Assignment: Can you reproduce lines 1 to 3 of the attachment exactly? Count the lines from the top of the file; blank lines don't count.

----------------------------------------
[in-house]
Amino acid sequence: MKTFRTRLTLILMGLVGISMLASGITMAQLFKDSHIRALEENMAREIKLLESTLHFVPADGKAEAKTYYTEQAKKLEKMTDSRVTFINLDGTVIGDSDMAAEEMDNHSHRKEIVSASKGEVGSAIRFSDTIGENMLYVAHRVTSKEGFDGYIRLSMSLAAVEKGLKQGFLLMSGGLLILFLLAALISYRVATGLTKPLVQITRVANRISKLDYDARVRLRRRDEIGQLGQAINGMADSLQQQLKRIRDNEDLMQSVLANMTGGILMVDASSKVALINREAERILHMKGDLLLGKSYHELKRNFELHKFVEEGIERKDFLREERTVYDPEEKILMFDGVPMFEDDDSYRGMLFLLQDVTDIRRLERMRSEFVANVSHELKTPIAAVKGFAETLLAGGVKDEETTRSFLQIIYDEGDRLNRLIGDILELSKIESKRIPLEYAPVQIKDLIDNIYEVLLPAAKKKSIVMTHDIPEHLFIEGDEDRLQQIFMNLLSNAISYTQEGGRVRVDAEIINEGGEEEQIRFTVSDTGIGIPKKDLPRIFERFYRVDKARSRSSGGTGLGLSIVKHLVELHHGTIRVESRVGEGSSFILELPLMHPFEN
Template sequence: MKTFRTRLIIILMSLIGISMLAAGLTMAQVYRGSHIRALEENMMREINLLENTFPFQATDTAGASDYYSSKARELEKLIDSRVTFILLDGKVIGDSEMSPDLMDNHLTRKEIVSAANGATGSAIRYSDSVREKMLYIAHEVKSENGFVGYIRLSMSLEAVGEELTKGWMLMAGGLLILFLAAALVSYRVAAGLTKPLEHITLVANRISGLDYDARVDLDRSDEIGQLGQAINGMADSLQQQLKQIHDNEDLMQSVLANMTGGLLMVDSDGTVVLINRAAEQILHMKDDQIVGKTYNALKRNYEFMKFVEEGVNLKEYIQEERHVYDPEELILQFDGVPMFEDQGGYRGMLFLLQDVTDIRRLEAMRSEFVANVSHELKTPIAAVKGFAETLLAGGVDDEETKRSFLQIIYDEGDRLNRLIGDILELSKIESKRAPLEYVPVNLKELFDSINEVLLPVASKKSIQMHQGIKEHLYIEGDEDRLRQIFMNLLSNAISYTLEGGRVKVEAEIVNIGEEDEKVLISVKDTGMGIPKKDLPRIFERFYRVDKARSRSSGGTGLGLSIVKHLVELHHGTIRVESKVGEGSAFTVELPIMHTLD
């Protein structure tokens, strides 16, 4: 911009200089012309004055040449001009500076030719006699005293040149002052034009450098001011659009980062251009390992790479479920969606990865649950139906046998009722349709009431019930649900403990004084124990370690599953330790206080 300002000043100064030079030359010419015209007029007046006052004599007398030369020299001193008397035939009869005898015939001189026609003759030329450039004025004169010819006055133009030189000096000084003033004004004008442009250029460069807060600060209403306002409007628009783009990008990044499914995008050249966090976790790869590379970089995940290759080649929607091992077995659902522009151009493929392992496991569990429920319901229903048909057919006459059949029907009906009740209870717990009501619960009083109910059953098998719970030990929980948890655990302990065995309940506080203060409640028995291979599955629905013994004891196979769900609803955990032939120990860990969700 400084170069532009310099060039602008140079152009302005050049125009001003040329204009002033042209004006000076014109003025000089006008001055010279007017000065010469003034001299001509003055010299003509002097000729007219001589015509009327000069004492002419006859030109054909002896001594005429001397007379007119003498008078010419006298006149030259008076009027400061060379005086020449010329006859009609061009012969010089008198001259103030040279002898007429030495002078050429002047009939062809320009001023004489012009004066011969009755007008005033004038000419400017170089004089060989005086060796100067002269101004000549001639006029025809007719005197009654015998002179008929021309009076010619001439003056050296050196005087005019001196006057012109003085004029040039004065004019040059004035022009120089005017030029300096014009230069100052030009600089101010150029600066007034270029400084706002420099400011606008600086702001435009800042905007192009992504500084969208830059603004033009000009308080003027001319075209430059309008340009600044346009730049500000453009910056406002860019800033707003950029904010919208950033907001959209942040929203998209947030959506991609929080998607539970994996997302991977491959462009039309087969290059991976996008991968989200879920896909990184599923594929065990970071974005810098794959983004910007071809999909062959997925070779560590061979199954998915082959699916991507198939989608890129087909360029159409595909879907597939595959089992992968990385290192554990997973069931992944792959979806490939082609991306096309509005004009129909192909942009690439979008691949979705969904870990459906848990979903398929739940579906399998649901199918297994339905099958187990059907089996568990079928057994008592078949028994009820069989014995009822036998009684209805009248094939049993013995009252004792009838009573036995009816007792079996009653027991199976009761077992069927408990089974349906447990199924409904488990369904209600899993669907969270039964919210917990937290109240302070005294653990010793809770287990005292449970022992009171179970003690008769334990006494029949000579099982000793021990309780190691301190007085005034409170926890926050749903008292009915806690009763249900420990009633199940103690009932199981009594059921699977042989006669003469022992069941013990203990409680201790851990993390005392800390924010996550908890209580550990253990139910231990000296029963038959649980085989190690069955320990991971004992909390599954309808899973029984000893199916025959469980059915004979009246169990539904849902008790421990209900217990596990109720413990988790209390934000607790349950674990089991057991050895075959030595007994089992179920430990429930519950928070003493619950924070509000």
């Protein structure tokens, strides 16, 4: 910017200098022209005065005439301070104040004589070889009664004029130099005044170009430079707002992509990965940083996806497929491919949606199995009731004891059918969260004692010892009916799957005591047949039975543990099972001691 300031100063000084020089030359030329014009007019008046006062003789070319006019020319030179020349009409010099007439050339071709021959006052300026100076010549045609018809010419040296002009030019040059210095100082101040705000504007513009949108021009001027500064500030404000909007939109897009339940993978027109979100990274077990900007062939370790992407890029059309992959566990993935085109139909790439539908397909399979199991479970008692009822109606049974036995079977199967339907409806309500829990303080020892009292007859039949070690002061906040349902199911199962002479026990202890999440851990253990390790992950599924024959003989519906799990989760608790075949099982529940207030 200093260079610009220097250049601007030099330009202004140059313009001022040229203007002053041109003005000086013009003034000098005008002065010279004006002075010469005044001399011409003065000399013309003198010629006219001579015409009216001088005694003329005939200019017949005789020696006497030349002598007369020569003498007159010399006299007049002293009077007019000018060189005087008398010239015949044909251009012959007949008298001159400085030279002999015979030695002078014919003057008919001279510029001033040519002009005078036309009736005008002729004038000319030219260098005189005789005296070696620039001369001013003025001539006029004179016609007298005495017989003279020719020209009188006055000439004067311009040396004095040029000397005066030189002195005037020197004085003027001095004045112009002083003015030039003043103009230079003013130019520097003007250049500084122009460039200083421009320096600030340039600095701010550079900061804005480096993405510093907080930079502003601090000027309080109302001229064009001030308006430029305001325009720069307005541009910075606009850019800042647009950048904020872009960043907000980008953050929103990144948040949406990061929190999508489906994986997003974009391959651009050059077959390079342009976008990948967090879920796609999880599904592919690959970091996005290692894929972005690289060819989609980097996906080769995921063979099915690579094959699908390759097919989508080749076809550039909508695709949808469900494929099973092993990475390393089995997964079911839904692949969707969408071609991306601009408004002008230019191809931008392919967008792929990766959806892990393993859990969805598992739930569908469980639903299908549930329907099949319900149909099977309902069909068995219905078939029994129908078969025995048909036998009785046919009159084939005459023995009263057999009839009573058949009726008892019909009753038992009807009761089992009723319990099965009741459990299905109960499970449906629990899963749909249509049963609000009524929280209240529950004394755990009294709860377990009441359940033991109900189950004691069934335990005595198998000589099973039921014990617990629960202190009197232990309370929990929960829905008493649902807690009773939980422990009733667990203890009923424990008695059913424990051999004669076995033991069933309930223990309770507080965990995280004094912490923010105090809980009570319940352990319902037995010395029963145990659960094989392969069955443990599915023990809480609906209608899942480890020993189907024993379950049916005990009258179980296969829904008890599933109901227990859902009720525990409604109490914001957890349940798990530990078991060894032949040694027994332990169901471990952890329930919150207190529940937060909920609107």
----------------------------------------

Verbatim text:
[in-house]
Amino acid sequence: MKTFRTRLTLILMGLVGISMLASGITMAQLFKDSHIRALEENMAREIKLLESTLHFVPADGKAEAKTYYTEQAKKLEKMTDSRVTFINLDGTVIGDSDMAAEEMDNHSHRKEIVSASKGEVGSAIRFSDTIGENMLYVAHRVTSKEGFDGYIRLSMSLAAVEKGLKQGFLLMSGGLLILFLLAALISYRVATGLTKPLVQITRVANRISKLDYDARVRLRRRDEIGQLGQAINGMADSLQQQLKRIRDNEDLMQSVLANMTGGILMVDASSKVALINREAERILHMKGDLLLGKSYHELKRNFELHKFVEEGIERKDFLREERTVYDPEEKILMFDGVPMFEDDDSYRGMLFLLQDVTDIRRLERMRSEFVANVSHELKTPIAAVKGFAETLLAGGVKDEETTRSFLQIIYDEGDRLNRLIGDILELSKIESKRIPLEYAPVQIKDLIDNIYEVLLPAAKKKSIVMTHDIPEHLFIEGDEDRLQQIFMNLLSNAISYTQEGGRVRVDAEIINEGGEEEQIRFTVSDTGIGIPKKDLPRIFERFYRVDKARSRSSGGTGLGLSIVKHLVELHHGTIRVESRVGEGSSFILELPLMHPFEN
Template sequence: MKTFRTRLIIILMSLIGISMLAAGLTMAQVYRGSHIRALEENMMREINLLENTFPFQATDTAGASDYYSSKARELEKLIDSRVTFILLDGKVIGDSEMSPDLMDNHLTRKEIVSAANGATGSAIRYSDSVREKMLYIAHEVKSENGFVGYIRLSMSLEAVGEELTKGWMLMAGGLLILFLAAALVSYRVAAGLTKPLEHITLVANRISGLDYDARVDLDRSDEIGQLGQAINGMADSLQQQLKQIHDNEDLMQSVLANMTGGLLMVDSDGTVVLINRAAEQILHMKDDQIVGKTYNALKRNYEFMKFVEEGVNLKEYIQEERHVYDPEELILQFDGVPMFEDQGGYRGMLFLLQDVTDIRRLEAMRSEFVANVSHELKTPIAAVKGFAETLLAGGVDDEETKRSFLQIIYDEGDRLNRLIGDILELSKIESKRAPLEYVPVNLKELFDSINEVLLPVASKKSIQMHQGIKEHLYIEGDEDRLRQIFMNLLSNAISYTLEGGRVKVEAEIVNIGEEDEKVLISVKDTGMGIPKKDLPRIFERFYRVDKARSRSSGGTGLGLSIVKHLVELHHGTIRVESKVGEGSAFTVELPIMHTLD